English teacher David Martin had a class full of students who were one step from expulsion. They had all failed an English class before, and they almost never did the homework they were assigned.
Martin wondered why he had to teach such a class and agonized over how to deal with the students. He eventually came up with a plan where each student would keep a journal. Then, at the end of each week, he would grade them based on how much they wrote.
In a few short months, the class started to blossom. The students discussed poems and other forms of literature and wrote in class on a regular basis.
In November of the same year, Martin decided to compile some of the pieces his students had written into a four-page pamphlet and shared it with the class.
Over time, more pamphlets were printed, until it grew into a literary magazine called “Duct Tape,” and Martin began to teach a creative writing course.
While this class had been offered before, much of creative writing’s history has been lost or fragmented throughout time.
The first time that creative writing appeared at Central occurred some time between 1910 and 1940, taught by English teacher Sara Vore Taylor, who developed a magazine of student writing called “Word Hoard.”
When Martin started his creative writing class, he revived the program, and it began to grow, with two sections of creative writing each semester.
Under Martin’s direction, this course would be different from an English or Journalism class, as it would allow students to explore themselves through writing, with less of a focus on research and the analysis of literature.
As the course developed, the literary magazine “Duct Tape” began, a student-run publication that continues to run today.
Martin also developed his own magazine, “Fine Lines,” while at Central, which he later began to publish independently.
Martin left Central after teaching Creative Writing for about seven years, and English teacher Deron Larson took over in his place.
“Mr. Martin was very forthcoming when he handed me control of the program,” Larson said. “He basically gave me any materials and any ideas that I was willing to ask for, and he sort of helped define what was possible in my view of creative writing.”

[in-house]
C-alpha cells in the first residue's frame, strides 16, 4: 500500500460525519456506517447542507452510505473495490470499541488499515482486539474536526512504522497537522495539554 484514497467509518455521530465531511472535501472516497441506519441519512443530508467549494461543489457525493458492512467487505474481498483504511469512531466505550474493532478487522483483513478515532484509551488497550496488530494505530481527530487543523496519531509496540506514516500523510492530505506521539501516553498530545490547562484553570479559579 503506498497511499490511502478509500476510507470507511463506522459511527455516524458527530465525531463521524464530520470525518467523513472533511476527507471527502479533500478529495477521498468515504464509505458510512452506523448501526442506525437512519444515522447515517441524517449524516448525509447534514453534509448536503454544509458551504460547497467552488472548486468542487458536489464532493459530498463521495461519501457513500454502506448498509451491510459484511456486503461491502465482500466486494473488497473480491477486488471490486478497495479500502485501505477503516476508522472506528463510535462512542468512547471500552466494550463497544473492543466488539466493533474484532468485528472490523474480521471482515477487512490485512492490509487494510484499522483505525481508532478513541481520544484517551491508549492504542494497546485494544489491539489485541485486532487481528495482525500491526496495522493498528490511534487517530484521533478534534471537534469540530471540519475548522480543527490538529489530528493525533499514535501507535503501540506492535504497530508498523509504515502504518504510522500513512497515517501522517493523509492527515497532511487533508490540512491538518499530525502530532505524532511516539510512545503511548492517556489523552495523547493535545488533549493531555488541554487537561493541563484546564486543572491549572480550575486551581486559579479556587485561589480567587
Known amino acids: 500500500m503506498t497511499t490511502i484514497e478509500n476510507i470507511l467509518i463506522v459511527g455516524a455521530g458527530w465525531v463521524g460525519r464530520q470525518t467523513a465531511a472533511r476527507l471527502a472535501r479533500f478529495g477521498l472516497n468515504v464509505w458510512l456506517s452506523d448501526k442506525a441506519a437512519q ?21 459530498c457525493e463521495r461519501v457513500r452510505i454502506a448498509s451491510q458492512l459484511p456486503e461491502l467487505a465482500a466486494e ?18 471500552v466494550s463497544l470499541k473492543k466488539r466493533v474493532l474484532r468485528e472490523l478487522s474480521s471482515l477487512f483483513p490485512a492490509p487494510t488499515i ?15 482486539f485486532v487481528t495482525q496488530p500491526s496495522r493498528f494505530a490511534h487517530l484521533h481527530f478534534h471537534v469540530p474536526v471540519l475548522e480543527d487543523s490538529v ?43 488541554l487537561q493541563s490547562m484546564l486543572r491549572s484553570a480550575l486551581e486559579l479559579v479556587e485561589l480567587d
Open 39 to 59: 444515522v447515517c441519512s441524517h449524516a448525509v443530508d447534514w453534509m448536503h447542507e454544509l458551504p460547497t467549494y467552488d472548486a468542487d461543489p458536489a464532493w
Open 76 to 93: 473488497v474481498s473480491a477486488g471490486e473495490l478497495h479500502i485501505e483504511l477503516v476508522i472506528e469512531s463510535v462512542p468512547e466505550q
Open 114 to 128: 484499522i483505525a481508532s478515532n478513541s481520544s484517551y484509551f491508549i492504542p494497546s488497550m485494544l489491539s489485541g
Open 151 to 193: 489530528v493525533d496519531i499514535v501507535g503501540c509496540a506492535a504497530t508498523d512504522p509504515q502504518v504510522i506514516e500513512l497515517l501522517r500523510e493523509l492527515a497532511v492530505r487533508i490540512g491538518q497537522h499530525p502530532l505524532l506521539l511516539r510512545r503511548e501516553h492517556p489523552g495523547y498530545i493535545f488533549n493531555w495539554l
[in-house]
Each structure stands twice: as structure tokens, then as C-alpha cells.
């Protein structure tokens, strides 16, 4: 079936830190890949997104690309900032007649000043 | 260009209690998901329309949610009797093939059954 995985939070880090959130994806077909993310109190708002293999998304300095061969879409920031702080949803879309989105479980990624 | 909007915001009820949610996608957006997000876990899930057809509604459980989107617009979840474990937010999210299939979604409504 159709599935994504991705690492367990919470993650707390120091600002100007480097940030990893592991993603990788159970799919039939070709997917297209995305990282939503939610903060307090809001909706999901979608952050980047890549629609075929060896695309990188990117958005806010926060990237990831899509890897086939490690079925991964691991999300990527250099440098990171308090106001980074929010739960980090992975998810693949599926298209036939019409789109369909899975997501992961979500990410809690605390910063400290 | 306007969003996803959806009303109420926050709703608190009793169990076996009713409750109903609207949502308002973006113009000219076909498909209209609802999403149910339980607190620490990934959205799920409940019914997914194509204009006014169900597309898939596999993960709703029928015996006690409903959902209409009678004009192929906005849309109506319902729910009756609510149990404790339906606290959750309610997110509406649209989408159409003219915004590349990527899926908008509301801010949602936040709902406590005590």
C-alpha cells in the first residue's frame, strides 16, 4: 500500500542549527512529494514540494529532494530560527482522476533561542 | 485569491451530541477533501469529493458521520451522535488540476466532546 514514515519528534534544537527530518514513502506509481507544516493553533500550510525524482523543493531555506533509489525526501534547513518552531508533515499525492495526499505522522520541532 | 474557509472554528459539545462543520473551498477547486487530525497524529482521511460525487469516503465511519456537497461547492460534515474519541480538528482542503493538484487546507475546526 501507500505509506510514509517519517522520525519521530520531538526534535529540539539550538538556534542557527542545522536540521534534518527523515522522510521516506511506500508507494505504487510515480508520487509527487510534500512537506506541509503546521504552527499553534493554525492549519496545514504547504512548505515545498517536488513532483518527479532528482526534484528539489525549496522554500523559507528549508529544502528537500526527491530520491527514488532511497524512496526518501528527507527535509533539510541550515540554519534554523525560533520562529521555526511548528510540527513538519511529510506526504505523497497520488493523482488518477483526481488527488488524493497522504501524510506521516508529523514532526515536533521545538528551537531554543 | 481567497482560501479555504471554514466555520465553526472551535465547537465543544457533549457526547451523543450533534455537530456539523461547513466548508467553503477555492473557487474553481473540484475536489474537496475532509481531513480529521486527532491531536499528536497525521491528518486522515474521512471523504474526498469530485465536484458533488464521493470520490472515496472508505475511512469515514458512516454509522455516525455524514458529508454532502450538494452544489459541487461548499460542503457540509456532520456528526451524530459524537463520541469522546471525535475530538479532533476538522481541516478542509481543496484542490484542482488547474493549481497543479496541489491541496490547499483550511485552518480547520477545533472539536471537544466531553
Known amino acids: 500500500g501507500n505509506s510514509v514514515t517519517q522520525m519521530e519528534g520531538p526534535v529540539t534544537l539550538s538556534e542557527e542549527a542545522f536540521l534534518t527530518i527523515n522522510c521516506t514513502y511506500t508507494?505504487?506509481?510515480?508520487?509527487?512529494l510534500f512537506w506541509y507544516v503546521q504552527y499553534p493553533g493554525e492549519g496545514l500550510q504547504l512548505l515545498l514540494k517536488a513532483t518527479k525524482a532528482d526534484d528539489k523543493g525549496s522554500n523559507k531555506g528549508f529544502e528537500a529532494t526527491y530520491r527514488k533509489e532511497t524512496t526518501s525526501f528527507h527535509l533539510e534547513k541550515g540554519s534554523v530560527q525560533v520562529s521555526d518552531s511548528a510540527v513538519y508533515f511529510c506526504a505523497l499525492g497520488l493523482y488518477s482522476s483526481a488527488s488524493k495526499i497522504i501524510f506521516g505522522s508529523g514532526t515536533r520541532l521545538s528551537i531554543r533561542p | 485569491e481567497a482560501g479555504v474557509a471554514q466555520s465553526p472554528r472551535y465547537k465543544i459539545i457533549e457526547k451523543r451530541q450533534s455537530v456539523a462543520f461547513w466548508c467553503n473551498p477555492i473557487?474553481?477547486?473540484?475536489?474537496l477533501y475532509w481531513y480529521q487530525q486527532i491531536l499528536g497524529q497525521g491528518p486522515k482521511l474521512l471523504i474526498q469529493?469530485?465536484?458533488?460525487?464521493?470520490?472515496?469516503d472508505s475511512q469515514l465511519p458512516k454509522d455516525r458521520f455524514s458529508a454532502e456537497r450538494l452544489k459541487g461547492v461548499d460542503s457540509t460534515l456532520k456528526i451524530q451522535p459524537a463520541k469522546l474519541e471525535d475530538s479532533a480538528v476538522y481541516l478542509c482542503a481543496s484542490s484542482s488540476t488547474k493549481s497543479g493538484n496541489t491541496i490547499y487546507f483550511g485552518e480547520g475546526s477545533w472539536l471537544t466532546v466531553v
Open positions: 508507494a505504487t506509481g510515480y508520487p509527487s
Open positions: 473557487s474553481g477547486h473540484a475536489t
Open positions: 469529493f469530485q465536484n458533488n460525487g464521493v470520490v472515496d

Larson has taught the class ever since, about 14 years now. Throughout that time, enrollment has fluctuated from year to year.
Now, however, Larson estimates that there has been no more than 30 to 40 people enrolled in the course between the two semesters in recent years, a decrease from previous years, which could threaten the continuation of the class.
To boost enrollment in the course, Larson and his students hosted an open mic in the Black Box Theater, and they plan to invite guests to the open mic held in the class each week. At the open mic, students are given the opportunity to share writing of all forms in front of an audience of their peers.
“If a student is interested in writing creatively, whether that involves images or other genres than full-blown stories, I hope that these open mics will encourage them try out the class,” Larson said.
Larson has also considered the creation of a creative writing club, something that existed in the past and might increase enrollment in the course now.
“Having a club might be a way to continue the class if it had to go away and might even bring it back one day,” Larson said.
No matter what form the creative writing program takes, he wants to help his students grow as writers.
“I would like them to explore their personality, to develop their interest and provide them with an opportunity to create.” Larson said.
Just as he hopes creative writing has helped his students, the class has also helped Larson grow and develop as a writer.
“It has allowed me to practice self-discovery and creating my identity through words on the page,” said Larson. “And it makes it possible for me to be a more complete human being when I am writing on a daily basis, even if I don’t share on a daily basis.”